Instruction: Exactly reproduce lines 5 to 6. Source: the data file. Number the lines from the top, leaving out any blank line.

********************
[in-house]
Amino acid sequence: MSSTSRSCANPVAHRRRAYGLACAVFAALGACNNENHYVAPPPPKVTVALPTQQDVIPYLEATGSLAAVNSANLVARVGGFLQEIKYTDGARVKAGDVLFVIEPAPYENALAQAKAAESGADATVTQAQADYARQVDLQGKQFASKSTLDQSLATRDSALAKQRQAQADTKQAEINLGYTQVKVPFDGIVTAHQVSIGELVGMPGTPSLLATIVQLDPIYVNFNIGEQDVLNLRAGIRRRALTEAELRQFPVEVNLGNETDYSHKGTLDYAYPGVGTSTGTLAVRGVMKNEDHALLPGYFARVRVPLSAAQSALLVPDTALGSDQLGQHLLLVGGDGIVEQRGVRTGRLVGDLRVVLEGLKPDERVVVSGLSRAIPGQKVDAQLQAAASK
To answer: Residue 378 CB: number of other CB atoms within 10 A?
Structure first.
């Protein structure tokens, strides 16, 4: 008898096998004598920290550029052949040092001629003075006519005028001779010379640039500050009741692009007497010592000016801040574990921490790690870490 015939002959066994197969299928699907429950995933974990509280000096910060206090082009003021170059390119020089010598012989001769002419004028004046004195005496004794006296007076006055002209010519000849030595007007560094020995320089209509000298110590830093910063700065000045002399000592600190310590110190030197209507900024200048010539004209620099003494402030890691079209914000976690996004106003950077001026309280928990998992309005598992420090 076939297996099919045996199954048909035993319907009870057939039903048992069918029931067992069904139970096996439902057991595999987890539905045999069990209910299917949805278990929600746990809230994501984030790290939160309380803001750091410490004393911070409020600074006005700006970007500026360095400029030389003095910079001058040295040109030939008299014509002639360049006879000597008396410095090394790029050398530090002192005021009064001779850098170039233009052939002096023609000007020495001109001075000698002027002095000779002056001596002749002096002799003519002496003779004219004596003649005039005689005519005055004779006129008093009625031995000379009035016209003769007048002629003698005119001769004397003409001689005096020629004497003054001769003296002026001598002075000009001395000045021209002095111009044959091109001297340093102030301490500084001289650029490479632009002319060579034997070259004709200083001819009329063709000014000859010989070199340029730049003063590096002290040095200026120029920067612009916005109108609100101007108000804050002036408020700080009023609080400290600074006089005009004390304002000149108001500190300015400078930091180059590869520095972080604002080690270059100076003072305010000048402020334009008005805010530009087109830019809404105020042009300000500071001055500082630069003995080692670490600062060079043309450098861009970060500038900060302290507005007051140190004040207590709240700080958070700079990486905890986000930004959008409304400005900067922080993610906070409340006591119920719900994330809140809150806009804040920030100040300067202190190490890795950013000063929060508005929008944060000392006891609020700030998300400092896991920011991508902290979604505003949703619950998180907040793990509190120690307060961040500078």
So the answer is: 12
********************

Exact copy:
């Protein structure tokens, strides 16, 4: 008898096998004598920290550029052949040092001629003075006519005028001779010379640039500050009741692009007497010592000016801040574990921490790690870490 015939002959066994197969299928699907429950995933974990509280000096910060206090082009003021170059390119020089010598012989001769002419004028004046004195005496004794006296007076006055002209010519000849030595007007560094020995320089209509000298110590830093910063700065000045002399000592600190310590110190030197209507900024200048010539004209620099003494402030890691079209914000976690996004106003950077001026309280928990998992309005598992420090 076939297996099919045996199954048909035993319907009870057939039903048992069918029931067992069904139970096996439902057991595999987890539905045999069990209910299917949805278990929600746990809230994501984030790290939160309380803001750091410490004393911070409020600074006005700006970007500026360095400029030389003095910079001058040295040109030939008299014509002639360049006879000597008396410095090394790029050398530090002192005021009064001779850098170039233009052939002096023609000007020495001109001075000698002027002095000779002056001596002749002096002799003519002496003779004219004596003649005039005689005519005055004779006129008093009625031995000379009035016209003769007048002629003698005119001769004397003409001689005096020629004497003054001769003296002026001598002075000009001395000045021209002095111009044959091109001297340093102030301490500084001289650029490479632009002319060579034997070259004709200083001819009329063709000014000859010989070199340029730049003063590096002290040095200026120029920067612009916005109108609100101007108000804050002036408020700080009023609080400290600074006089005009004390304002000149108001500190300015400078930091180059590869520095972080604002080690270059100076003072305010000048402020334009008005805010530009087109830019809404105020042009300000500071001055500082630069003995080692670490600062060079043309450098861009970060500038900060302290507005007051140190004040207590709240700080958070700079990486905890986000930004959008409304400005900067922080993610906070409340006591119920719900994330809140809150806009804040920030100040300067202190190490890795950013000063929060508005929008944060000392006891609020700030998300400092896991920011991508902290979604505003949703619950998180907040793990509190120690307060961040500078």
So the answer is: 12